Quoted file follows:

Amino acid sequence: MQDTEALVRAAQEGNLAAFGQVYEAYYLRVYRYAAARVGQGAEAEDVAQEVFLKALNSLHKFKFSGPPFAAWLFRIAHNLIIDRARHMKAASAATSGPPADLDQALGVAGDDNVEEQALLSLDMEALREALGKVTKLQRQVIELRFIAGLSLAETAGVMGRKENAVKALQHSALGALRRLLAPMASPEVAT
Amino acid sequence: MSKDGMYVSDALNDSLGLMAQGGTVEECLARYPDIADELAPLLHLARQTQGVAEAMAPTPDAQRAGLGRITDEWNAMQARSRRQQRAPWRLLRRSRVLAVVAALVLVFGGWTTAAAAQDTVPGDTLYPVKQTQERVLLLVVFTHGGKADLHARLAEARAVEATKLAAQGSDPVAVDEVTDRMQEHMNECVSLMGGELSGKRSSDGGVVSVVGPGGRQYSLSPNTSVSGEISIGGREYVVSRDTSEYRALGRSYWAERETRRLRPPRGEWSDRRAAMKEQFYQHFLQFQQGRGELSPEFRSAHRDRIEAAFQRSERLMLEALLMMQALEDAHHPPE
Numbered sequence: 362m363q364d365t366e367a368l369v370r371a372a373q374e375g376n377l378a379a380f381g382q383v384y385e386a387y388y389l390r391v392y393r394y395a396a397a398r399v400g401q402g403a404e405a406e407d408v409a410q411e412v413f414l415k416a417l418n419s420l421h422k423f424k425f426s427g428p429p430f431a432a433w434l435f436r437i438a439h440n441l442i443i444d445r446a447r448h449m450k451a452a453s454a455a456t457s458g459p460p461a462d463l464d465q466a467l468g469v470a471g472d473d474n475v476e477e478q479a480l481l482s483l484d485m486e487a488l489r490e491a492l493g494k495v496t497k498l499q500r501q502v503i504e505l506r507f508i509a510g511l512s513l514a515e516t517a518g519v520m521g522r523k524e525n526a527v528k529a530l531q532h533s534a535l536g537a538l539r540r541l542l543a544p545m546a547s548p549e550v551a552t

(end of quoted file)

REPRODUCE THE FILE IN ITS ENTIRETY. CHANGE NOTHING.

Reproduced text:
Amino acid sequence: MQDTEALVRAAQEGNLAAFGQVYEAYYLRVYRYAAARVGQGAEAEDVAQEVFLKALNSLHKFKFSGPPFAAWLFRIAHNLIIDRARHMKAASAATSGPPADLDQALGVAGDDNVEEQALLSLDMEALREALGKVTKLQRQVIELRFIAGLSLAETAGVMGRKENAVKALQHSALGALRRLLAPMASPEVAT
Amino acid sequence: MSKDGMYVSDALNDSLGLMAQGGTVEECLARYPDIADELAPLLHLARQTQGVAEAMAPTPDAQRAGLGRITDEWNAMQARSRRQQRAPWRLLRRSRVLAVVAALVLVFGGWTTAAAAQDTVPGDTLYPVKQTQERVLLLVVFTHGGKADLHARLAEARAVEATKLAAQGSDPVAVDEVTDRMQEHMNECVSLMGGELSGKRSSDGGVVSVVGPGGRQYSLSPNTSVSGEISIGGREYVVSRDTSEYRALGRSYWAERETRRLRPPRGEWSDRRAAMKEQFYQHFLQFQQGRGELSPEFRSAHRDRIEAAFQRSERLMLEALLMMQALEDAHHPPE
Numbered sequence: 362m363q364d365t366e367a368l369v370r371a372a373q374e375g376n377l378a379a380f381g382q383v384y385e386a387y388y389l390r391v392y393r394y395a396a397a398r399v400g401q402g403a404e405a406e407d408v409a410q411e412v413f414l415k416a417l418n419s420l421h422k423f424k425f426s427g428p429p430f431a432a433w434l435f436r437i438a439h440n441l442i443i444d445r446a447r448h449m450k451a452a453s454a455a456t457s458g459p460p461a462d463l464d465q466a467l468g469v470a471g472d473d474n475v476e477e478q479a480l481l482s483l484d485m486e487a488l489r490e491a492l493g494k495v496t497k498l499q500r501q502v503i504e505l506r507f508i509a510g511l512s513l514a515e516t517a518g519v520m521g522r523k524e525n526a527v528k529a530l531q532h533s534a535l536g537a538l539r540r541l542l543a544p545m546a547s548p549e550v551a552t